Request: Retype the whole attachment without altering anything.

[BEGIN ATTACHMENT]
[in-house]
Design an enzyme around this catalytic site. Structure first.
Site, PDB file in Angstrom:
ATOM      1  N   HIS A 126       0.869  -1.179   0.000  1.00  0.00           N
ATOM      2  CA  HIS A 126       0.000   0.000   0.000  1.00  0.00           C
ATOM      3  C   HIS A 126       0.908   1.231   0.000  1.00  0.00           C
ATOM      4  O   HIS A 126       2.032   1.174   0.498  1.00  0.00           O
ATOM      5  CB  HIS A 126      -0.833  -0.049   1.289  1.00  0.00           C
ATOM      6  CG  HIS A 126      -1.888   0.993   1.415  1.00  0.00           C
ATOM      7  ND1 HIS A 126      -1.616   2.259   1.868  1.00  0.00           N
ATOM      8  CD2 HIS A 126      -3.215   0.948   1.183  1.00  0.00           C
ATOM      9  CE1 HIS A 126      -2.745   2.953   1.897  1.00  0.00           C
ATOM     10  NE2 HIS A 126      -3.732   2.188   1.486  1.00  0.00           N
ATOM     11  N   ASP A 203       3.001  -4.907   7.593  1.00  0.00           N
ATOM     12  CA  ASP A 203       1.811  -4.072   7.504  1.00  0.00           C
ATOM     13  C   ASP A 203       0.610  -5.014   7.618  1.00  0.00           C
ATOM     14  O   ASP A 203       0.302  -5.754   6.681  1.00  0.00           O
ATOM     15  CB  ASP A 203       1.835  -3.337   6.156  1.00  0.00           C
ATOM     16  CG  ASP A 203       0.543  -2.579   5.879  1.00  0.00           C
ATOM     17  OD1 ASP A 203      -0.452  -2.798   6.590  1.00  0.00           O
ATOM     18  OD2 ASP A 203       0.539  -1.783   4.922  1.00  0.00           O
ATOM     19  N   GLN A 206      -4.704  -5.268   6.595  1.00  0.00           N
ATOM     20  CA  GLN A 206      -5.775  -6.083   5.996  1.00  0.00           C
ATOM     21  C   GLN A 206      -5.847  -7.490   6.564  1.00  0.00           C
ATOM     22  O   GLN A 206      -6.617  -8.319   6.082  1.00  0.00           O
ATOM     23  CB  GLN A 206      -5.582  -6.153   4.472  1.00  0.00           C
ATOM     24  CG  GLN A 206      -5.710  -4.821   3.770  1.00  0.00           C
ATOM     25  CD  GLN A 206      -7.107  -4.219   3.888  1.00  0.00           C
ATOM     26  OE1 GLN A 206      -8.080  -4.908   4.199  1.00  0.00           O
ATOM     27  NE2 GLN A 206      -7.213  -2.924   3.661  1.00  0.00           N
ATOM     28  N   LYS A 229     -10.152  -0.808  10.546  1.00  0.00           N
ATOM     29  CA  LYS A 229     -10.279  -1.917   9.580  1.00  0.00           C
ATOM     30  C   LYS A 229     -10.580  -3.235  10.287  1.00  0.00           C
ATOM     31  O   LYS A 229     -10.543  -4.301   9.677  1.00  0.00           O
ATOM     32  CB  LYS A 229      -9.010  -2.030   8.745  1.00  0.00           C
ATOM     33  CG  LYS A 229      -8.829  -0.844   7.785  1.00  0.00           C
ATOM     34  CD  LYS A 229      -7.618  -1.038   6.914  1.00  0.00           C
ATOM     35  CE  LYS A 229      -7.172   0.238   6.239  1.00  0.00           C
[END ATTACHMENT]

[in-house]
Design an enzyme around this catalytic site. Structure first.
Site, PDB file in Angstrom:
ATOM      1  N   HIS A 126       0.869  -1.179   0.000  1.00  0.00           N
ATOM      2  CA  HIS A 126       0.000   0.000   0.000  1.00  0.00           C
ATOM      3  C   HIS A 126       0.908   1.231   0.000  1.00  0.00           C
ATOM      4  O   HIS A 126       2.032   1.174   0.498  1.00  0.00           O
ATOM      5  CB  HIS A 126      -0.833  -0.049   1.289  1.00  0.00           C
ATOM      6  CG  HIS A 126      -1.888   0.993   1.415  1.00  0.00           C
ATOM      7  ND1 HIS A 126      -1.616   2.259   1.868  1.00  0.00           N
ATOM      8  CD2 HIS A 126      -3.215   0.948   1.183  1.00  0.00           C
ATOM      9  CE1 HIS A 126      -2.745   2.953   1.897  1.00  0.00           C
ATOM     10  NE2 HIS A 126      -3.732   2.188   1.486  1.00  0.00           N
ATOM     11  N   ASP A 203       3.001  -4.907   7.593  1.00  0.00           N
ATOM     12  CA  ASP A 203       1.811  -4.072   7.504  1.00  0.00           C
ATOM     13  C   ASP A 203       0.610  -5.014   7.618  1.00  0.00           C
ATOM     14  O   ASP A 203       0.302  -5.754   6.681  1.00  0.00           O
ATOM     15  CB  ASP A 203       1.835  -3.337   6.156  1.00  0.00           C
ATOM     16  CG  ASP A 203       0.543  -2.579   5.879  1.00  0.00           C
ATOM     17  OD1 ASP A 203      -0.452  -2.798   6.590  1.00  0.00           O
ATOM     18  OD2 ASP A 203       0.539  -1.783   4.922  1.00  0.00           O
ATOM     19  N   GLN A 206      -4.704  -5.268   6.595  1.00  0.00           N
ATOM     20  CA  GLN A 206      -5.775  -6.083   5.996  1.00  0.00           C
ATOM     21  C   GLN A 206      -5.847  -7.490   6.564  1.00  0.00           C
ATOM     22  O   GLN A 206      -6.617  -8.319   6.082  1.00  0.00           O
ATOM     23  CB  GLN A 206      -5.582  -6.153   4.472  1.00  0.00           C
ATOM     24  CG  GLN A 206      -5.710  -4.821   3.770  1.00  0.00           C
ATOM     25  CD  GLN A 206      -7.107  -4.219   3.888  1.00  0.00           C
ATOM     26  OE1 GLN A 206      -8.080  -4.908   4.199  1.00  0.00           O
ATOM     27  NE2 GLN A 206      -7.213  -2.924   3.661  1.00  0.00           N
ATOM     28  N   LYS A 229     -10.152  -0.808  10.546  1.00  0.00           N
ATOM     29  CA  LYS A 229     -10.279  -1.917   9.580  1.00  0.00           C
ATOM     30  C   LYS A 229     -10.580  -3.235  10.287  1.00  0.00           C
ATOM     31  O   LYS A 229     -10.543  -4.301   9.677  1.00  0.00           O
ATOM     32  CB  LYS A 229      -9.010  -2.030   8.745  1.00  0.00           C
ATOM     33  CG  LYS A 229      -8.829  -0.844   7.785  1.00  0.00           C
ATOM     34  CD  LYS A 229      -7.618  -1.038   6.914  1.00  0.00           C
ATOM     35  CE  LYS A 229      -7.172   0.238   6.239  1.00  0.00           C